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SummaryA not-so great port of a great game. Still enjoyable and worth buying, though.
The GoodTim Schafer. One of my gaming industry heroes, and the famous creator/co-creator of games like Day of The Tentacle, Full Throttle, and Grim Fandango. When Psychonauts was released, discerning gamers everywhere proclaimed it a masterpiece.
Well, it is. This is a wildly imaginative, hugely varied, very entertaining romp disguised as a platformer. You play Raz, a boy with psychic powers who sneaks into a "psychic summer camp". You get merit badges throughout the game which give you special psychic powers like Telekinesis, Levitation, etc. I won't give away anymore, but the areas in the game are essentially the minds of very quirky individuals, and the developers play this concept to the hilt. I think that this is the only game I've played where every area requires a different type of gameplay. Unlike most games that introduce some core gameplay principles at the beginning and then just crank up the difficulty as you go along, Psychonaut's levels are all very unique, and very well done, despite the variety. You might be playing a wargame by recruiting and moving pieces on a giant board, or you might be rolling and floating Sonic-style inside a disco inferno. It has to be played to be believed.
There's also tons of stuff to do if you like collect-a-thons, and believe me, if you want to collect everything, you'd better have some skills and patience.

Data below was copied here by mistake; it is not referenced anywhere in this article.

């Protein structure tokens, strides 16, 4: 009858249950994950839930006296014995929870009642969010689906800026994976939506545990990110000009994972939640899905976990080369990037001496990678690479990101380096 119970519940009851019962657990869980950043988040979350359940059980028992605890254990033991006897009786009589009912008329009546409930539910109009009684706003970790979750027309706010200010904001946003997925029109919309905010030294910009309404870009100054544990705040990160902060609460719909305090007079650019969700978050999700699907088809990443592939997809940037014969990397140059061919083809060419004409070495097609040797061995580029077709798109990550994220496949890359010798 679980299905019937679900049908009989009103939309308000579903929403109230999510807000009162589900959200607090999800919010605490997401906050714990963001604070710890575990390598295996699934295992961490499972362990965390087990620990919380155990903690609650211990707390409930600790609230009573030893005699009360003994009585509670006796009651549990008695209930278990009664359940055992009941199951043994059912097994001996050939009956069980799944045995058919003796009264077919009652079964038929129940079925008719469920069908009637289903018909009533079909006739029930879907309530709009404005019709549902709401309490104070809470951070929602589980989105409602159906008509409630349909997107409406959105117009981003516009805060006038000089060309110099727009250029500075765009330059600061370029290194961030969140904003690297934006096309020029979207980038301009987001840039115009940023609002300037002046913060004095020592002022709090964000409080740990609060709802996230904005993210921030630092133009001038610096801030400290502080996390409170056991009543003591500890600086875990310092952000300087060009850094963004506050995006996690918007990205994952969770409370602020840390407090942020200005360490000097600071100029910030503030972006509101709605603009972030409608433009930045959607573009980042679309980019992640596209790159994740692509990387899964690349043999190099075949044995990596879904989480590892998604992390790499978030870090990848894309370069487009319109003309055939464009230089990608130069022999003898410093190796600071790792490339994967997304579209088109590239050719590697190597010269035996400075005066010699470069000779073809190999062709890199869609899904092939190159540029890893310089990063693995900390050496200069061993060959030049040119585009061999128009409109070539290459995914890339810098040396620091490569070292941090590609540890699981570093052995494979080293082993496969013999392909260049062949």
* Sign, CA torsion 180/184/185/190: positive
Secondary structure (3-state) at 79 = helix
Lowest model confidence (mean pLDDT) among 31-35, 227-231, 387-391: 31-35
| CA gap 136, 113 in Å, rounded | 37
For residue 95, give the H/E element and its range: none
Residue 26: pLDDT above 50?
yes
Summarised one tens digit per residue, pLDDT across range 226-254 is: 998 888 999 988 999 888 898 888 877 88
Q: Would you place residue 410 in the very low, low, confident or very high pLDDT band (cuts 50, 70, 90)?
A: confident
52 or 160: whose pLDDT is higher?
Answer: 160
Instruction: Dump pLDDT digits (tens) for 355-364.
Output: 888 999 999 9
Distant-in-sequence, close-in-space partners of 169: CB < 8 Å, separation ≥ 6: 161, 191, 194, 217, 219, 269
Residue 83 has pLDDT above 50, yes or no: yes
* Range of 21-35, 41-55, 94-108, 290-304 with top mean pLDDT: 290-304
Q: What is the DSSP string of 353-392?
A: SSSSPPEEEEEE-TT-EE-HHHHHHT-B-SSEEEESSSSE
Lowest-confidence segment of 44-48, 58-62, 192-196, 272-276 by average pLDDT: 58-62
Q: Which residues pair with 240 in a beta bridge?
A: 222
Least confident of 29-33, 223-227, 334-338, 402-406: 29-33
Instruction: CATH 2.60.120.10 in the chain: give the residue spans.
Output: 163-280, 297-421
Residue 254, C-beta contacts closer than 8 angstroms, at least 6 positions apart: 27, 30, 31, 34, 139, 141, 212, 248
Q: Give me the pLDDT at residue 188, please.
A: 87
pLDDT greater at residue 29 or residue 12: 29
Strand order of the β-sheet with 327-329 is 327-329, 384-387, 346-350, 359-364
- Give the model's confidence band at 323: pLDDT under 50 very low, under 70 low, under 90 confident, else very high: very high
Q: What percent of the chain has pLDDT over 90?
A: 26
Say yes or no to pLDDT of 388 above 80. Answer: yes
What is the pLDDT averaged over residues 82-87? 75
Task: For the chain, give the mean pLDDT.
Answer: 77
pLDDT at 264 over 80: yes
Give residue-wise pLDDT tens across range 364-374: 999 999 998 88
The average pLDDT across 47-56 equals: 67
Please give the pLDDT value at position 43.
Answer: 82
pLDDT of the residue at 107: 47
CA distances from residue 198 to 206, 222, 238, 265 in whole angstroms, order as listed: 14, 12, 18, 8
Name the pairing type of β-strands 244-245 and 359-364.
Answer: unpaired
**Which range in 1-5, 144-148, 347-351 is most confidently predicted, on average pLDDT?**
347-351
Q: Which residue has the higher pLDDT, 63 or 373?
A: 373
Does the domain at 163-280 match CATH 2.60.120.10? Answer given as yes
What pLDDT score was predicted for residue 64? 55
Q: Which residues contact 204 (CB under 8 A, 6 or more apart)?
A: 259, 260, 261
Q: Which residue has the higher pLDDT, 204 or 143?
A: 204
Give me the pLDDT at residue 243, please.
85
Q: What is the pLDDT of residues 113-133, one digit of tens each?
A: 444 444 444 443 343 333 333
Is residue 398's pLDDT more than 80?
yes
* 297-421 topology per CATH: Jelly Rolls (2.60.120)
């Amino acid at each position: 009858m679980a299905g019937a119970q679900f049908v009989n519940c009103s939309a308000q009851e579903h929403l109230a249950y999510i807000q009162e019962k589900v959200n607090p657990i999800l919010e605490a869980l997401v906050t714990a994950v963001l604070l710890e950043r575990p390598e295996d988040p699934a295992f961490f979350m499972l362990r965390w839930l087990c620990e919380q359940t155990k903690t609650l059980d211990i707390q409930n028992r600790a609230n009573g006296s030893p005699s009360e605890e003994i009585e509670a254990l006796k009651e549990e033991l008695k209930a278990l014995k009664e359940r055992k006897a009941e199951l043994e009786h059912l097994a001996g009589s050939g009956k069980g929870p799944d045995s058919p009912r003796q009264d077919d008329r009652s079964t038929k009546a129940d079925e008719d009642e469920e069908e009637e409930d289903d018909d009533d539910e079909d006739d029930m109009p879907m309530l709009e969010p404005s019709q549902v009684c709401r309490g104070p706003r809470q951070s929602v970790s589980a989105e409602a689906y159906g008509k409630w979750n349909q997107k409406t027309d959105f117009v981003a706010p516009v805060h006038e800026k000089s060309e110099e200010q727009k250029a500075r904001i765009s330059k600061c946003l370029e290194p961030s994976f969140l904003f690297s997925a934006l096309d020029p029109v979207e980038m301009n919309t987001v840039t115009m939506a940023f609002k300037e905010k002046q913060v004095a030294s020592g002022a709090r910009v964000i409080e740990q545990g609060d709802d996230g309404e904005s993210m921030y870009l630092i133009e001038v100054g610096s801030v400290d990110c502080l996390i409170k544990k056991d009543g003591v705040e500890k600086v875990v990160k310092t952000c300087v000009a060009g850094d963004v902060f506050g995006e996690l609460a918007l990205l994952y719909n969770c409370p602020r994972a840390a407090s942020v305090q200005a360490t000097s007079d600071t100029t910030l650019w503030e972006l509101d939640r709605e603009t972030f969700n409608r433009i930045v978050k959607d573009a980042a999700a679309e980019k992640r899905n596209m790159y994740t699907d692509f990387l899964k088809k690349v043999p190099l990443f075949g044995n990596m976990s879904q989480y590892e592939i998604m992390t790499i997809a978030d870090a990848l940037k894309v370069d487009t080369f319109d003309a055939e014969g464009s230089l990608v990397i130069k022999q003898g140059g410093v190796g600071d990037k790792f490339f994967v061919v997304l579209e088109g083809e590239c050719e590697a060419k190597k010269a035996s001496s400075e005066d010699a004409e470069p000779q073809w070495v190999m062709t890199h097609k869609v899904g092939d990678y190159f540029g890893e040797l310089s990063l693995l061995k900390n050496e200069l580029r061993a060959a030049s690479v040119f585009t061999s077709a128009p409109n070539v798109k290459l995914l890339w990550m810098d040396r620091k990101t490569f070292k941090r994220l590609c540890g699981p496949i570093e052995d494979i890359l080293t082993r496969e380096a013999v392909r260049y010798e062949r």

The BadWell, most all of the bad aspects come from the way this game was ported to the PS2. For one, framerate issues. Some people might find it less obnoxious than I do, but the framerate in the PS2 version tends to fluctuate wildly. The game is still highly playable, but really there's no excuse for this kind of thing in a professional product.
Loading times in the PS2 version are also sub-par. This is not unusual for these kinds of ports, but it's still annoying.
Also, the way the game handles save files is not PS2 optimized. You have to create a 1500KB profile save file that contains 5 save slots. The problem is, you can only use these save slots for the game you're in. If you start a new game, you have to create another massive 5-slot profile. The problem with this is that you never need more than 1 slot, as the game is mostly linear, and does autosaves anyway. Which means that if you live in a three-gamer household like me, there will have to be three massive save files on your memory card, and all each person will ever use will be 1/5 of their save slots. Given that games like Ratchet and Clank can support up to six totally separate game files in a 350KB file, this limitation is a bit silly, and feels like the the porters just used the PC-style save system with no modification.
To be fair to the original developers, an external porting house did the conversion, but this is still the least desirable version of this great game.